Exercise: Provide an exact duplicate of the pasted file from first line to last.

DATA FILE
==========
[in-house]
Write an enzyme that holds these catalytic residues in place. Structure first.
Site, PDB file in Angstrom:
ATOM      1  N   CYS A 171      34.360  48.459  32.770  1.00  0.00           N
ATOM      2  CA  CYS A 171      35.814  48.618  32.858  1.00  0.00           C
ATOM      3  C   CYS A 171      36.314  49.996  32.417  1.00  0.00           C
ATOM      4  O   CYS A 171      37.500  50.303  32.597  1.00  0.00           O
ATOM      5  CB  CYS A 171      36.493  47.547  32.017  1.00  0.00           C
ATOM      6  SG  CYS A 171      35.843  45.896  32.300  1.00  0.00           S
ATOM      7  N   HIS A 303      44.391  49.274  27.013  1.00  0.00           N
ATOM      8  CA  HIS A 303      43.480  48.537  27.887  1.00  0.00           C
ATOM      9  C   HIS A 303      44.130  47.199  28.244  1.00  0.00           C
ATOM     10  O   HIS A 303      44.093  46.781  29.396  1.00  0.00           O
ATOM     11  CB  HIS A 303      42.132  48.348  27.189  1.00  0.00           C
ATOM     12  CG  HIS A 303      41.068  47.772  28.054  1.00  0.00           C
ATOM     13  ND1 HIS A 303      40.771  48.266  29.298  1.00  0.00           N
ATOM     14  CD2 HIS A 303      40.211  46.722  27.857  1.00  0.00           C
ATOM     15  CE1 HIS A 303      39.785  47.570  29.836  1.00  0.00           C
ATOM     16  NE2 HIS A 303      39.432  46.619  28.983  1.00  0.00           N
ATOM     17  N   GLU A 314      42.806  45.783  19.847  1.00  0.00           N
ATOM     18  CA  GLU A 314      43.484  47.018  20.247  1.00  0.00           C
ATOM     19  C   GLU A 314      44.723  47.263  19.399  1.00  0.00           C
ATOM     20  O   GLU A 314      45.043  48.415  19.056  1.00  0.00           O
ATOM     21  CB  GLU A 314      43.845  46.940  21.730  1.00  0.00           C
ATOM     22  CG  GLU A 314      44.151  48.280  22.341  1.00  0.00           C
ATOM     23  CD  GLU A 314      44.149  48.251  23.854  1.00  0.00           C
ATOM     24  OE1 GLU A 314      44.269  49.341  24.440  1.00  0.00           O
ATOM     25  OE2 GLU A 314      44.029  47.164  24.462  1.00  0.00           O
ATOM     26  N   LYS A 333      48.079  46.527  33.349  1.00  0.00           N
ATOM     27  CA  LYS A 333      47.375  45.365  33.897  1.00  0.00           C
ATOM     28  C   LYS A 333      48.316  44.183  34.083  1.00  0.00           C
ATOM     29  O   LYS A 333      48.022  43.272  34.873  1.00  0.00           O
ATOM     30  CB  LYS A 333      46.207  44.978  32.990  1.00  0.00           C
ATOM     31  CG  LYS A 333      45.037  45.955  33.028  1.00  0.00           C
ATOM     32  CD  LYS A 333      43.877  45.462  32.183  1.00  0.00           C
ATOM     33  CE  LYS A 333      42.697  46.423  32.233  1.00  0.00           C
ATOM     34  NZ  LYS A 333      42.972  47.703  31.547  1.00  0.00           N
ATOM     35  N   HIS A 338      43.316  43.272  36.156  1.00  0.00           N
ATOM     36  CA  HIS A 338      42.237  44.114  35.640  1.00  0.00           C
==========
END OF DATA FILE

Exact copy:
[in-house]
Write an enzyme that holds these catalytic residues in place. Structure first.
Site, PDB file in Angstrom:
ATOM      1  N   CYS A 171      34.360  48.459  32.770  1.00  0.00           N
ATOM      2  CA  CYS A 171      35.814  48.618  32.858  1.00  0.00           C
ATOM      3  C   CYS A 171      36.314  49.996  32.417  1.00  0.00           C
ATOM      4  O   CYS A 171      37.500  50.303  32.597  1.00  0.00           O
ATOM      5  CB  CYS A 171      36.493  47.547  32.017  1.00  0.00           C
ATOM      6  SG  CYS A 171      35.843  45.896  32.300  1.00  0.00           S
ATOM      7  N   HIS A 303      44.391  49.274  27.013  1.00  0.00           N
ATOM      8  CA  HIS A 303      43.480  48.537  27.887  1.00  0.00           C
ATOM      9  C   HIS A 303      44.130  47.199  28.244  1.00  0.00           C
ATOM     10  O   HIS A 303      44.093  46.781  29.396  1.00  0.00           O
ATOM     11  CB  HIS A 303      42.132  48.348  27.189  1.00  0.00           C
ATOM     12  CG  HIS A 303      41.068  47.772  28.054  1.00  0.00           C
ATOM     13  ND1 HIS A 303      40.771  48.266  29.298  1.00  0.00           N
ATOM     14  CD2 HIS A 303      40.211  46.722  27.857  1.00  0.00           C
ATOM     15  CE1 HIS A 303      39.785  47.570  29.836  1.00  0.00           C
ATOM     16  NE2 HIS A 303      39.432  46.619  28.983  1.00  0.00           N
ATOM     17  N   GLU A 314      42.806  45.783  19.847  1.00  0.00           N
ATOM     18  CA  GLU A 314      43.484  47.018  20.247  1.00  0.00           C
ATOM     19  C   GLU A 314      44.723  47.263  19.399  1.00  0.00           C
ATOM     20  O   GLU A 314      45.043  48.415  19.056  1.00  0.00           O
ATOM     21  CB  GLU A 314      43.845  46.940  21.730  1.00  0.00           C
ATOM     22  CG  GLU A 314      44.151  48.280  22.341  1.00  0.00           C
ATOM     23  CD  GLU A 314      44.149  48.251  23.854  1.00  0.00           C
ATOM     24  OE1 GLU A 314      44.269  49.341  24.440  1.00  0.00           O
ATOM     25  OE2 GLU A 314      44.029  47.164  24.462  1.00  0.00           O
ATOM     26  N   LYS A 333      48.079  46.527  33.349  1.00  0.00           N
ATOM     27  CA  LYS A 333      47.375  45.365  33.897  1.00  0.00           C
ATOM     28  C   LYS A 333      48.316  44.183  34.083  1.00  0.00           C
ATOM     29  O   LYS A 333      48.022  43.272  34.873  1.00  0.00           O
ATOM     30  CB  LYS A 333      46.207  44.978  32.990  1.00  0.00           C
ATOM     31  CG  LYS A 333      45.037  45.955  33.028  1.00  0.00           C
ATOM     32  CD  LYS A 333      43.877  45.462  32.183  1.00  0.00           C
ATOM     33  CE  LYS A 333      42.697  46.423  32.233  1.00  0.00           C
ATOM     34  NZ  LYS A 333      42.972  47.703  31.547  1.00  0.00           N
ATOM     35  N   HIS A 338      43.316  43.272  36.156  1.00  0.00           N
ATOM     36  CA  HIS A 338      42.237  44.114  35.640  1.00  0.00           C